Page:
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Justice Department starts a criminal probe of Enron

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WASHINGTON — The Justice Department has begun a criminal investigation of Enron Corp., the bankrupt energy company whose collapse caused many employees to lose their life's savings.

An attorney for Enron welcomed the inquiry, the latest in a series of governmental probes into the company's demise, saying the investigation would "bring light to the facts."

"We want to get to the bottom of this, too," said Robert Bennett, a Washington attorney representing the Houston-based company. "A lot of decent and honorable people work at Enron, and we should wait until the facts are out."

President Bush, whose campaigns have been supported financially by Enron executives, ordered a separate review Thursday of pension and corporate disclosure rules that could jeopardize workers' savings. "There has been a wave of bankruptcies that have caused many workers to lose their pensions and that is deeply troubling to me," Bush said.

The Justice Department is forming a national task force to look into the company's dealings. The group will be headed by lawyers at the department's criminal division and include prosecutors in Houston, San Francisco, New York and several other cities, said a Justice Department official, speaking on condition of anonymity.

The official declined to say when the investigation began. Enron faces civil investigations by the Labor Department and the Securities and Exchange Commission and subpoenas from congressional committees.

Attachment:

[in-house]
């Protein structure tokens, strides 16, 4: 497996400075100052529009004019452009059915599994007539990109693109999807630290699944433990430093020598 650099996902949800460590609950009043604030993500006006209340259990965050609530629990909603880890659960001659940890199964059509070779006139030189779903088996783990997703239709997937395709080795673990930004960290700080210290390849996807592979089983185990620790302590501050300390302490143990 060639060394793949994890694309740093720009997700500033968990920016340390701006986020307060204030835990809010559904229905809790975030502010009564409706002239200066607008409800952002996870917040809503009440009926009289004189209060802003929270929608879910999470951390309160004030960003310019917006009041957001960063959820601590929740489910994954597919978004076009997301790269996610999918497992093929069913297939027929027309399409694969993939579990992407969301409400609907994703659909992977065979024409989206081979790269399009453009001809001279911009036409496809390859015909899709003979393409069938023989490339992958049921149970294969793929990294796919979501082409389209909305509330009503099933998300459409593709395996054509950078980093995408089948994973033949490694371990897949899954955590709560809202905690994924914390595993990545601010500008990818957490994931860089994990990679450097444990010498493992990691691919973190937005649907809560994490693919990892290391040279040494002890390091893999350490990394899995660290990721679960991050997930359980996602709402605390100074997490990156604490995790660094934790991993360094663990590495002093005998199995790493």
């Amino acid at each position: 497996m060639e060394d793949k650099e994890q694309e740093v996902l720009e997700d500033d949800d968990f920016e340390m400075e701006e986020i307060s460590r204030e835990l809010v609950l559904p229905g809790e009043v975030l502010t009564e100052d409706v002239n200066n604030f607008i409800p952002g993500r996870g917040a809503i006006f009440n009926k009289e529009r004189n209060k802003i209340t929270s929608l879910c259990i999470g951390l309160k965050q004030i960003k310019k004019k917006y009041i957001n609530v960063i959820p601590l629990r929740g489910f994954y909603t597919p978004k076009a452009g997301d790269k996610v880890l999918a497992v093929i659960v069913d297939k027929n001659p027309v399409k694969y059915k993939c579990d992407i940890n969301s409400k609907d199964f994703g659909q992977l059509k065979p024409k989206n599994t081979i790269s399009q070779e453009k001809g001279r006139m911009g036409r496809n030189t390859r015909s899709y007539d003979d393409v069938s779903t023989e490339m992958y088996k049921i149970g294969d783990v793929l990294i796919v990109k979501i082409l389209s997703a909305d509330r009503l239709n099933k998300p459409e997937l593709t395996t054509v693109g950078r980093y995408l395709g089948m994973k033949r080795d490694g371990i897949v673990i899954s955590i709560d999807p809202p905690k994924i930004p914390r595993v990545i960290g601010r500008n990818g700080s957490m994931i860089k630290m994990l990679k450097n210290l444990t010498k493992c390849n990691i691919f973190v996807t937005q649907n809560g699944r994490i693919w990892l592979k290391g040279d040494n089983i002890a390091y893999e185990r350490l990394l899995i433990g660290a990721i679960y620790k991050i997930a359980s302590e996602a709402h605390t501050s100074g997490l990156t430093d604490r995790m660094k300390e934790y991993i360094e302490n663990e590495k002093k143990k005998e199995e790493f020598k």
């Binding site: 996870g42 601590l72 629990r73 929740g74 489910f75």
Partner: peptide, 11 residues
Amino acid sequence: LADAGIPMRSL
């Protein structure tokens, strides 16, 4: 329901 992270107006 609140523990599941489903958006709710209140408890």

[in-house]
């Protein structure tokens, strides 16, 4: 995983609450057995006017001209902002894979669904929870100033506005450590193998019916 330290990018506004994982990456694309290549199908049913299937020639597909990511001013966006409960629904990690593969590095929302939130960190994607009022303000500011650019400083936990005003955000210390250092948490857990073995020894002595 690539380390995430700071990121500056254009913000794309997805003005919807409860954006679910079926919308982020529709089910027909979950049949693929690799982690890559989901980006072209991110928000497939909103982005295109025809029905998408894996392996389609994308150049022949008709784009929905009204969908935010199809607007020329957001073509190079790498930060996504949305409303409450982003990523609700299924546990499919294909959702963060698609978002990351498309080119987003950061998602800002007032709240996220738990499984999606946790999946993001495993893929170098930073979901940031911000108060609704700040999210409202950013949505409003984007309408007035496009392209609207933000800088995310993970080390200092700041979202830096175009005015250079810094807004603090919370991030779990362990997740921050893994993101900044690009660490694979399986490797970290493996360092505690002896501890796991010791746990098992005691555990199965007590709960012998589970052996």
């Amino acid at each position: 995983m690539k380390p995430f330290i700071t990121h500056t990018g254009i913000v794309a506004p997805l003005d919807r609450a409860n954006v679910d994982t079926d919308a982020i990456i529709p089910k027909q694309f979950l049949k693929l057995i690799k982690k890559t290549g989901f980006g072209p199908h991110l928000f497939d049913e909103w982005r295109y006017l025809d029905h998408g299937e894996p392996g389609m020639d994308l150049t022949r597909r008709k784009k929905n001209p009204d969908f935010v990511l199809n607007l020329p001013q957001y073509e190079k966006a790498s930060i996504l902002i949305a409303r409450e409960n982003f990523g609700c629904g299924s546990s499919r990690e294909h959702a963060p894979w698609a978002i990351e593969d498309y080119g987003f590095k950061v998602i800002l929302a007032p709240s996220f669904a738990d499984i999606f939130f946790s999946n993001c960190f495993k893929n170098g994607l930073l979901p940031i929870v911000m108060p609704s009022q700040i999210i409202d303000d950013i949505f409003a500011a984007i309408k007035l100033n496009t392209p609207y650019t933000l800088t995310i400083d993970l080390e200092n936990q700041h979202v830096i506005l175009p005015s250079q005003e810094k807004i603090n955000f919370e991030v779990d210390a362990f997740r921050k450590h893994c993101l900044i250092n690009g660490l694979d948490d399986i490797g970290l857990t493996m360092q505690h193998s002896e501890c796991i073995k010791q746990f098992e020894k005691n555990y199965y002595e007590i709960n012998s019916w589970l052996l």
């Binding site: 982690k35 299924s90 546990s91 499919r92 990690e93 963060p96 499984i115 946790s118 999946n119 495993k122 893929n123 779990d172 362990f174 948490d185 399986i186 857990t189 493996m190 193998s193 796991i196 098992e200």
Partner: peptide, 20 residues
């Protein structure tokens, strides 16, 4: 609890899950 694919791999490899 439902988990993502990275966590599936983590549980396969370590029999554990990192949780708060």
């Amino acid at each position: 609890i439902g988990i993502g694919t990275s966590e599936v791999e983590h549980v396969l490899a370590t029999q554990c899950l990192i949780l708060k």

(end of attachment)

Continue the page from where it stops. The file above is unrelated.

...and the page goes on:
All are looking into the energy trading company's collapse, the largest bankruptcy filing in U.S. history.

The failure hit employees and investors hard. Workers were prohibited from selling company stock from their Enron-heavy 401(k) retirement accounts as the company's stock plummeted. Many lost their life's savings.

Enron executives cashed out more than $1 billion in stock when it was near its peak.

Former Enron chief executive Jeffrey Skilling, who left the helm nearly two months before the company's swift descent, welcomes the investigation, said spokeswoman Judy Leon. Skilling has said he had no idea, despite Enron's falling stock values, that the company was on the brink of failure.

Formed in 1985, Enron had 20,000 employees and was once the world's top buyer and seller of natural gas and the largest electricity marketer in the United States. It also marketed coal, pulp, paper, plastics, metals and fiber-optic bandwidth.